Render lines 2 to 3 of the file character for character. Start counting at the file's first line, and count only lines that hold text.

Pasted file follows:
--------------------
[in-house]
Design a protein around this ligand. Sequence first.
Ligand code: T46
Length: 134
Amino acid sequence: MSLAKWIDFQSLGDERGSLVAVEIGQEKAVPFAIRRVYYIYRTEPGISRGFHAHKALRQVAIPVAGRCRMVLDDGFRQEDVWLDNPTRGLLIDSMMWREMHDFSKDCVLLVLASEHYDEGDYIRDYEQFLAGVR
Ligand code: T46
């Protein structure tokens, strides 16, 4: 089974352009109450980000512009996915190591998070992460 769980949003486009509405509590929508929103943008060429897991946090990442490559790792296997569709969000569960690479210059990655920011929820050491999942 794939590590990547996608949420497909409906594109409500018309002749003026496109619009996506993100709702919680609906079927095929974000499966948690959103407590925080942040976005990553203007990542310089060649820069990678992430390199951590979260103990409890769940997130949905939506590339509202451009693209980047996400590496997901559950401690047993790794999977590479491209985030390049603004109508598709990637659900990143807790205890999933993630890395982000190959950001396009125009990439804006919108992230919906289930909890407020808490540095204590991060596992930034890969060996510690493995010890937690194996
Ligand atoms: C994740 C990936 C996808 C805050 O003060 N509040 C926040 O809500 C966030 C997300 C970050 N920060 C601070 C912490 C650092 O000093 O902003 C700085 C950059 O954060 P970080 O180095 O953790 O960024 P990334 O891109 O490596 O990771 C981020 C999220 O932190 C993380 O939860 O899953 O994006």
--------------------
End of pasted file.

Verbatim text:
Design a protein around this ligand. Sequence first.
Ligand code: T46